Set in London during and just after World War II, Graham Greene's The End of the Affair
is a pathos-laden examination of a three-way collision between love of self, love of another, and love of God. The affair in question involves Maurice Bendrix, a solipsistic novelist, and a dutifully married woman, Sarah Miles. The lovers meet at a party thrown by Sarah's dreary civil-servant husband, and proceed to liberate each other from boredom and routine unhappiness. Reflecting on the ebullient beginnings of their romance, Bendrix recalls: "There was never any question in those days of who wanted whom--we were together in desire." Indeed, the affair goes on unchecked for several years until, during an afternoon tryst, Bendrix goes downstairs to look for intruders in his basement and a bomb falls on the building. Sarah rushes down to find him lying under a fallen door, and immediately makes a deal with God, whom she has never particularly cared for. "I love him and I'll do anything if you'll make him alive.... I'll give him up forever, only let him be alive with a chance.... People can love each other without seeing each other, can't they, they love You all their lives without seeing You."
Bendrix, as evidenced by his ability to tell the story, is not dead, merely unconscious, and so Sarah must keep her promise. She breaks off the relationship without giving a reason, leaving Bendrix mystified and angry. The only explanation he can think of is that she's left him for another man. It isn't until years later, when he hires a private detective to ascertain the truth, that he learns of her impassioned vow. Sarah herself comes to understand her move through a strange rationalization. Writing to God in her journal, she says:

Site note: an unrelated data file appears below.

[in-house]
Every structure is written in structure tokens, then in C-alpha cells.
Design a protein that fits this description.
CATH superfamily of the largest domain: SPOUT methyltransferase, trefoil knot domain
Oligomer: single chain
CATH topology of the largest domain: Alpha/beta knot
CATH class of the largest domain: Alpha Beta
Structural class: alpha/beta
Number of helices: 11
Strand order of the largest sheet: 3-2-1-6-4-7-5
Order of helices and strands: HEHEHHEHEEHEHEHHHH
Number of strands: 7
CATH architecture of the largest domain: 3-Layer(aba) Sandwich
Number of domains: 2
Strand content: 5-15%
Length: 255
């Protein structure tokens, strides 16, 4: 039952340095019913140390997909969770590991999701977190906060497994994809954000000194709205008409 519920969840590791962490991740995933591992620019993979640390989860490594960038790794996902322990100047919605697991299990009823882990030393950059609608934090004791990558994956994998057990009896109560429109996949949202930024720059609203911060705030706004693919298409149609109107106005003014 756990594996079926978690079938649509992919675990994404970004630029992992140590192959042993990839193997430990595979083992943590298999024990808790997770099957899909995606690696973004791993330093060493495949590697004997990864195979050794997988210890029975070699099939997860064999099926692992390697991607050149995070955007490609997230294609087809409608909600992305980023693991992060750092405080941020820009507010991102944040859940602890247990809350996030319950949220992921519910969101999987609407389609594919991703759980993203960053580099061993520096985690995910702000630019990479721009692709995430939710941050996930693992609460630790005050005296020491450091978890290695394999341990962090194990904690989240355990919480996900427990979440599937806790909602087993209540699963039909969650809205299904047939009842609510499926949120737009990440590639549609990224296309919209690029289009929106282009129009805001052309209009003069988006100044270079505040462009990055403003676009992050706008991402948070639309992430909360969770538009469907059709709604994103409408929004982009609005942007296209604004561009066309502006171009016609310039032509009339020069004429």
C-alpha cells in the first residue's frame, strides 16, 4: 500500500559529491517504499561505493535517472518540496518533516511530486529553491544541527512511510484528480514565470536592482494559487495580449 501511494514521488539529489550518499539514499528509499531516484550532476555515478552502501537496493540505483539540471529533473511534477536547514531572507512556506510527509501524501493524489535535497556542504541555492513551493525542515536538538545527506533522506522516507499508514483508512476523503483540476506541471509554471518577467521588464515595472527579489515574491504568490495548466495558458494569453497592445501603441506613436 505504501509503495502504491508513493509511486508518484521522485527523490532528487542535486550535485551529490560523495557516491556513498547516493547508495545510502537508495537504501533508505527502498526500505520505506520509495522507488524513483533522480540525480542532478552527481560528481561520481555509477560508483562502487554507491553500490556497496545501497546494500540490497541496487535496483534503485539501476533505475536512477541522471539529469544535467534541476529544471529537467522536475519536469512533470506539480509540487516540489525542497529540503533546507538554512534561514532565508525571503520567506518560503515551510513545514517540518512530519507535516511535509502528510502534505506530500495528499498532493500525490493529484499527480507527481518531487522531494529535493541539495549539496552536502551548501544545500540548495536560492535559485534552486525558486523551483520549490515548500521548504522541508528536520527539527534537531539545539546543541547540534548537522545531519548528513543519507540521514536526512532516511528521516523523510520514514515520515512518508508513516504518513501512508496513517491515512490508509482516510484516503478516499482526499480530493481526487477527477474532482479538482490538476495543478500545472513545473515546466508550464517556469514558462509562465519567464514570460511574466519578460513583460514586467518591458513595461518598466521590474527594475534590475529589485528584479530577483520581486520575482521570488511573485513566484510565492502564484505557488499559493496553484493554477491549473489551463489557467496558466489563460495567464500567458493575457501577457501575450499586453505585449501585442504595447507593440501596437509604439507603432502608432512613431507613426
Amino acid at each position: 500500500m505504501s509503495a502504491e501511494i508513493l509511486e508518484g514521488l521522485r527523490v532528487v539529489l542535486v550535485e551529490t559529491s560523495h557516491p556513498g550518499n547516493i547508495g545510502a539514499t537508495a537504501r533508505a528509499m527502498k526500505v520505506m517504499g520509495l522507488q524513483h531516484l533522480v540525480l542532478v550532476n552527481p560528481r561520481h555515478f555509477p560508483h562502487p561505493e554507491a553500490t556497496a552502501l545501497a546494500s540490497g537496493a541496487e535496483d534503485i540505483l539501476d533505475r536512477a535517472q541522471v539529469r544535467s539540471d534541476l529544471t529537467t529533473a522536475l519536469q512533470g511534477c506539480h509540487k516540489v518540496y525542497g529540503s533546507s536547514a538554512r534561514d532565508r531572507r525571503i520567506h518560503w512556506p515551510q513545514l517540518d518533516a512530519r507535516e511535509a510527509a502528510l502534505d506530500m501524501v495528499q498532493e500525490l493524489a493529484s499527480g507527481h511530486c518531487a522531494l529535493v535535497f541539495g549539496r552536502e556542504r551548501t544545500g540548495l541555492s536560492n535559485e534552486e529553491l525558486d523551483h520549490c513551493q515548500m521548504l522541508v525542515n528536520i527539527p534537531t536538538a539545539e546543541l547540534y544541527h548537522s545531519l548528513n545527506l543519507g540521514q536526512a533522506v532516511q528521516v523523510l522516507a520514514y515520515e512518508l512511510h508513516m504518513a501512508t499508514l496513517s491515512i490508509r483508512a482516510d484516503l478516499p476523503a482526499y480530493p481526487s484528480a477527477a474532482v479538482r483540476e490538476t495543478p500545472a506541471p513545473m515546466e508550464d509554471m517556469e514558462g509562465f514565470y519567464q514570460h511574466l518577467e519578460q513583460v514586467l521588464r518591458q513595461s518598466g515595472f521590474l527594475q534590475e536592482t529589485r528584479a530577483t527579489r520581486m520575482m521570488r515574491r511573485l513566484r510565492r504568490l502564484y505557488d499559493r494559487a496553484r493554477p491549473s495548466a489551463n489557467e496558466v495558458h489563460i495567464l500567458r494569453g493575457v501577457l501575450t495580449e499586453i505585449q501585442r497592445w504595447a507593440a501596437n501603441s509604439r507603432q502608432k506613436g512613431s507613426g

You willed our separation, but he [Bendrix] willed it too. He worked for it with his anger and his jealousy, and he worked for it with his love. For he gave me so much love, and I gave him so much love that soon there wasn't anything left, when we'd finished, but You.
It's as though the pull toward faith were inevitable, if incomprehensible--perhaps as punishment for her sin of adultery. In her final years, Sarah's faith only deepens, even as she remains haunted by the bombing and the power of her own attraction to God. Set against the backdrop of a war-ravaged city, The End of the Affair
is equally haunting as it lays forth the question of what constitutes love in troubling, unequivocal terms. --Melanie Rehak
"Undeniably a major work of art...It remains from first to last an almost faultless display of craftsmanship and a wonderfully assured statement of ideas." —The New Yorker
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"Singularly moving and beautiful...the relationship of lover to husband with its crazy mutation of pity, hate, comradeship, jealousy, and contempt is superbly described...the heroine is consistently lovable." —Evelyn Waugh
"An absorbing piece of work, passionately felt and strikingly written." —The Atlantic Monthly
"Brighton Rock, The Heart of the Matter, and The End of the Affair...all have claims to greatness; they are as intense and penetrating and disturbing as an inquisitor's gaze." —John Updike
"Graham Greene was in class by himself.... He will be read and remembered as the ultimate twentieth-century chronicler of consciousness and anxiety." —William Golding